DENVER — The city of Denver will pay the family of Michael Marshall, an inmate who was killed by sheriff’s deputies in 2015 at the downtown jail, $4.6 million in a settlement announced Wednesday morning.
The deal still must be approved by the Denver City Council next week.
Besides the monetary payout, the settlement includes a requirement to change policies, training and staffing at the Denver Sheriff Department, which manages the city’s two jails, according to the Kilmer, Lane & Newman law firm which represents the family.
Two full-time positions for on-site mental health providers will be created to be at the downtown jail and the Denver County Jail on Smith Road.
There will be in-service training annually for the sheriff’s department for all deputies regarding mental illness in the jails as well as annual training on how deputies deal with inmates who have a mental illness.
“The family is very glad that Denver has agreed to provide mental health treatment in the jails,” Marshall’s brother Rodney Marshall said.
“If Michael could have been treated as a man in medical need instead of like a criminal who was disobeying orders, he would still be alive today.”
Marshall, 50, was arrested in November 2015 for trespassing. He was being held at the Can Cise-Simonet Detention Center when an incident occurred causing several deputies to pin him to the ground.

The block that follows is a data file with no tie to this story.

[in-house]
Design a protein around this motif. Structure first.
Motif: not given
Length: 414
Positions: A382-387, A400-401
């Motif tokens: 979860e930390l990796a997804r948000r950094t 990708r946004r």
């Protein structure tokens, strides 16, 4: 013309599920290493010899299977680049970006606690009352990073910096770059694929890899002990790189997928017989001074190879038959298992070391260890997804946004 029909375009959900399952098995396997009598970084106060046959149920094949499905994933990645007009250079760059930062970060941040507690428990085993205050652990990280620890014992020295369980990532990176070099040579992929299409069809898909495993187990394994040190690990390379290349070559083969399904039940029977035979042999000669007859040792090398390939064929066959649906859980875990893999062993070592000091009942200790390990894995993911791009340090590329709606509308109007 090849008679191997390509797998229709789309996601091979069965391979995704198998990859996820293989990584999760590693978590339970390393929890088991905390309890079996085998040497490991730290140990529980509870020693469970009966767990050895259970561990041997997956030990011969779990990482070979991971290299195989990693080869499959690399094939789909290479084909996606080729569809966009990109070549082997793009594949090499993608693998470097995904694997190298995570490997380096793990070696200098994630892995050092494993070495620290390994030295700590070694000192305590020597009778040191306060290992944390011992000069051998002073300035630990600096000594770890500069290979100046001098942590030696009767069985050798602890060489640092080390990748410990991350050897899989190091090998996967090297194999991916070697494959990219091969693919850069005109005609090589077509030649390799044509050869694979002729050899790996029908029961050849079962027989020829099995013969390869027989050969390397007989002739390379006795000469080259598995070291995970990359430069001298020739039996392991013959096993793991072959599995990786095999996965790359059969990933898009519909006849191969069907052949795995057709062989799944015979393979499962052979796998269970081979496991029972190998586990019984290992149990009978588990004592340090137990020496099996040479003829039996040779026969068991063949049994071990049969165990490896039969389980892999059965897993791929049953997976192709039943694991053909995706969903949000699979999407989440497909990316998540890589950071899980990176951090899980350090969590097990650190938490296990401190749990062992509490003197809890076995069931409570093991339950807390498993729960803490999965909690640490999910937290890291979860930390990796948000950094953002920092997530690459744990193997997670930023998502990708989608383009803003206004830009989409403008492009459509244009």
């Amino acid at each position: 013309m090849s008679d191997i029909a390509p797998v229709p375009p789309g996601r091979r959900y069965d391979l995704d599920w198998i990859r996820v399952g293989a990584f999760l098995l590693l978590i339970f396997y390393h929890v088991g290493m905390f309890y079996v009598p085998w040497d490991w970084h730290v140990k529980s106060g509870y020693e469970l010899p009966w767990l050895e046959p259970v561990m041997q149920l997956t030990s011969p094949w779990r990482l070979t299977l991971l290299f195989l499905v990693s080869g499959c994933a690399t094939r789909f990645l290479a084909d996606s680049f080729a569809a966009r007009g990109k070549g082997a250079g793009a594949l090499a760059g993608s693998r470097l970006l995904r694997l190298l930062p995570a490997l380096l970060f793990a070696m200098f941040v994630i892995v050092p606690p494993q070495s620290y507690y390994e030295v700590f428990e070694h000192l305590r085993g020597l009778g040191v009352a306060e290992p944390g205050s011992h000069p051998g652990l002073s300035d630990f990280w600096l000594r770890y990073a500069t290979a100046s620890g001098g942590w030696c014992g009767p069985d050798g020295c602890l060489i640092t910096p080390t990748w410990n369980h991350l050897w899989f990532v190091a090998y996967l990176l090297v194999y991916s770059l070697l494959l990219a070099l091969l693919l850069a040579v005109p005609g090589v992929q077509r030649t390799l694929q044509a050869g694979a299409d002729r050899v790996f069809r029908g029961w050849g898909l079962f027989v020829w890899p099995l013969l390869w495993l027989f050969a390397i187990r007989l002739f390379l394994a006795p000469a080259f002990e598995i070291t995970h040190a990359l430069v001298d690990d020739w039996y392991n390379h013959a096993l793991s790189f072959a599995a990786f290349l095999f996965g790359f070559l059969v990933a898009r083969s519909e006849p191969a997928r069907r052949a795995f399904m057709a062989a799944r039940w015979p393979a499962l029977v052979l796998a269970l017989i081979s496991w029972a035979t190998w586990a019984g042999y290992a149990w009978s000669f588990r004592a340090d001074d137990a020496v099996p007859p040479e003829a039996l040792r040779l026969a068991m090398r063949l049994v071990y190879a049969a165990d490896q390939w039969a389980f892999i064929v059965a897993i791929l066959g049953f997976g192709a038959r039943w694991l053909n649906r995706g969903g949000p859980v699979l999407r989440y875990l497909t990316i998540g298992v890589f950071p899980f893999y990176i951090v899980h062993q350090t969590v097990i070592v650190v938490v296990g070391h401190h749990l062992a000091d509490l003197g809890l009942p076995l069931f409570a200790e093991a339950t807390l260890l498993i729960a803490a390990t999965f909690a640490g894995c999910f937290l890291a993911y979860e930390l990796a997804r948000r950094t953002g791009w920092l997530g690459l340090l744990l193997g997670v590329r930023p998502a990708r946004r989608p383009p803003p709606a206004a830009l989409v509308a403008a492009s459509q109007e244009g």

A report of the incident said Marshall was resisting the deputies. Several deputies held him on the ground for 13 minutes before being placed in a restraint chair.
At some point, Marshall vomited and then choked while being held face down, causing his heart to stop.
Jail staff performed CPR on him for 20 minutes before he was taken to Denver Health Medical Center in an ambulance. Marshall died in the hospital nine days later.
“After extensive evaluation of the facts and the possible outcomes of a costly trial, we made the difficult decision to propose a multifaceted settlement,” City Attorney Kristin Bronson said in a statement.
“Mr. Marshall’s death has had a significant impact on his family, the community and the Denver Sheriff Department, including the involved deputies.
“We hope the settlement we’ve proposed to City Council will foster an environment of collective healing, as well as bolster the city’s ongoing efforts in its jails to accommodate inmates who suffer from mental health issues.”
Two sheriff’s deputies and a watch commander were suspended without pay for their roles in Marshall’s death.
The Denver District Attorney’s Office declined to file any charges in the case.
With Wednesday’s announcement, the city will have paid out more than $19 million the past three years to settle claims against the Denver police and sheriff departments.
Included in the payouts was a jury awarding the family of Marvin Booker $4.65 million in punitive damages and another $1.35 million in legal fees; a $3.25 million settlement with Jamal Hunter; $1.8 million to Daniel Martinez’s family; and $999,999 to Jessica Hernandez’s family.